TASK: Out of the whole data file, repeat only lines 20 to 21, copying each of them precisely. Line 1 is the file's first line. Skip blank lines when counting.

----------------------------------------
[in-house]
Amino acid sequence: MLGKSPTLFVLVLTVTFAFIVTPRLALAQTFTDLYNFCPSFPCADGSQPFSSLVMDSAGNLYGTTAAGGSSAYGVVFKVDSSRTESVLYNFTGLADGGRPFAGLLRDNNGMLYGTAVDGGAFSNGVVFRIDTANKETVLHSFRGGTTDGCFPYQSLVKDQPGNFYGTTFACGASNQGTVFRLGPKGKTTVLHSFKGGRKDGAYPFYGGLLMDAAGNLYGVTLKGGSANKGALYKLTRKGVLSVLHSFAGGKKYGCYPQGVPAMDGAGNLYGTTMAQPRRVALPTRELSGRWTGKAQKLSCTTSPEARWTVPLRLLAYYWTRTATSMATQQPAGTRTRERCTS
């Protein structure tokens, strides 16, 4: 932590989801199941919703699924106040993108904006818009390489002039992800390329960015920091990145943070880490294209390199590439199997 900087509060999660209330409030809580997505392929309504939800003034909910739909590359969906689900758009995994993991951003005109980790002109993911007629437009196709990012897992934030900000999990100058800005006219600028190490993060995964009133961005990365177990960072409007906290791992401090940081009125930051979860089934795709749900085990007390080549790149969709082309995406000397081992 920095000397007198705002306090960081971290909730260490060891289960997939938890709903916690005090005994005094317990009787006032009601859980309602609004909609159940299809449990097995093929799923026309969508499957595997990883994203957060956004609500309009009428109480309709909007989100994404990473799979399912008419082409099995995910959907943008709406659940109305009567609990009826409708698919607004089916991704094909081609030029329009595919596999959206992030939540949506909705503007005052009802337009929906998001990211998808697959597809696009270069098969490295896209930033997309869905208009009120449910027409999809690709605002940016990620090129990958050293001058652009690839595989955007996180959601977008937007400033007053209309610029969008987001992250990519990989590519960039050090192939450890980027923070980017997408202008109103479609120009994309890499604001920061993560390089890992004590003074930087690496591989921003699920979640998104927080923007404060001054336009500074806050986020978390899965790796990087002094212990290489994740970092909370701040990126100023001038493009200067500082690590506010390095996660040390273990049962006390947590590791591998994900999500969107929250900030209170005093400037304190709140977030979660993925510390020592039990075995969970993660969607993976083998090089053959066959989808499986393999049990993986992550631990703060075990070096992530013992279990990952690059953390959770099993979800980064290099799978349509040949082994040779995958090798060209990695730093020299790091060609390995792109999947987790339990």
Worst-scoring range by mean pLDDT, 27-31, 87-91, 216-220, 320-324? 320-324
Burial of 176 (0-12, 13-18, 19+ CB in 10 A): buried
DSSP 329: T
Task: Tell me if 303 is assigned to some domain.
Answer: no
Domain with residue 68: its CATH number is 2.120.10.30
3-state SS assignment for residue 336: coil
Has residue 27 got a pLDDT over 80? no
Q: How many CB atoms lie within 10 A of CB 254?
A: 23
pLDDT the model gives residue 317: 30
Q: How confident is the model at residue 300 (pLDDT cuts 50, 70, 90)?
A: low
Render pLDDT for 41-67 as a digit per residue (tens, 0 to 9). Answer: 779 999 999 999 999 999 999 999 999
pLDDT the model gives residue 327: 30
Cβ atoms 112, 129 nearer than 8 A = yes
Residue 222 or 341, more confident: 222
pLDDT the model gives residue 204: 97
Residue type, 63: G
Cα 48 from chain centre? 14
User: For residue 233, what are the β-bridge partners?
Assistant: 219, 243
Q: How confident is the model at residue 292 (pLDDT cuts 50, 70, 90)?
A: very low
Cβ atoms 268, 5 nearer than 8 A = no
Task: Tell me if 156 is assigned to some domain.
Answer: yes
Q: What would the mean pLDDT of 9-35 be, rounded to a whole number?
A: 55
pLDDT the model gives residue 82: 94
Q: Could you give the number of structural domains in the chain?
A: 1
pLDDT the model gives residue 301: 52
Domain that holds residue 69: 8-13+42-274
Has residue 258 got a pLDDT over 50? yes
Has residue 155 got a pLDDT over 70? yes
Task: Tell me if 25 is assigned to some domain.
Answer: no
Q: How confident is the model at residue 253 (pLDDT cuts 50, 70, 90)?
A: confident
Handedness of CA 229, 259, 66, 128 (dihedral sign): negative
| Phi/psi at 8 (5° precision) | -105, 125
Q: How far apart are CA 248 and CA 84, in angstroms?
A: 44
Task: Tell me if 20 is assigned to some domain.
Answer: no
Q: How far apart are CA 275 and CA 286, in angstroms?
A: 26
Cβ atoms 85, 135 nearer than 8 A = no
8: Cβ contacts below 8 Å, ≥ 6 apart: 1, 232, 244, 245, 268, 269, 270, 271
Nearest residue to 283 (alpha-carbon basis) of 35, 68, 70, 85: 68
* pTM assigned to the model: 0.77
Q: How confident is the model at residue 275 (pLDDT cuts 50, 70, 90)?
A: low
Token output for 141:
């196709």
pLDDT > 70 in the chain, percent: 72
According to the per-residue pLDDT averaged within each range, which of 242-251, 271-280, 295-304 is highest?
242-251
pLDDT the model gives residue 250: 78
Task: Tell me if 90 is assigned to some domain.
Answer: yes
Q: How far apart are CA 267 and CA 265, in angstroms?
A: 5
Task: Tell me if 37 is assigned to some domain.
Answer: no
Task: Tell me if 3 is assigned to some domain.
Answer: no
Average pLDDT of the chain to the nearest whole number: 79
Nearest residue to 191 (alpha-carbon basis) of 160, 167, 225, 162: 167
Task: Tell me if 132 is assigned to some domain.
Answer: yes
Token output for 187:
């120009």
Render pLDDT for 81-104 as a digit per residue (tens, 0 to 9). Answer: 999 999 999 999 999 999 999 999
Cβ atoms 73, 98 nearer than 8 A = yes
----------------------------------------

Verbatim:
Residue 222 or 341, more confident: 222
pLDDT the model gives residue 204: 97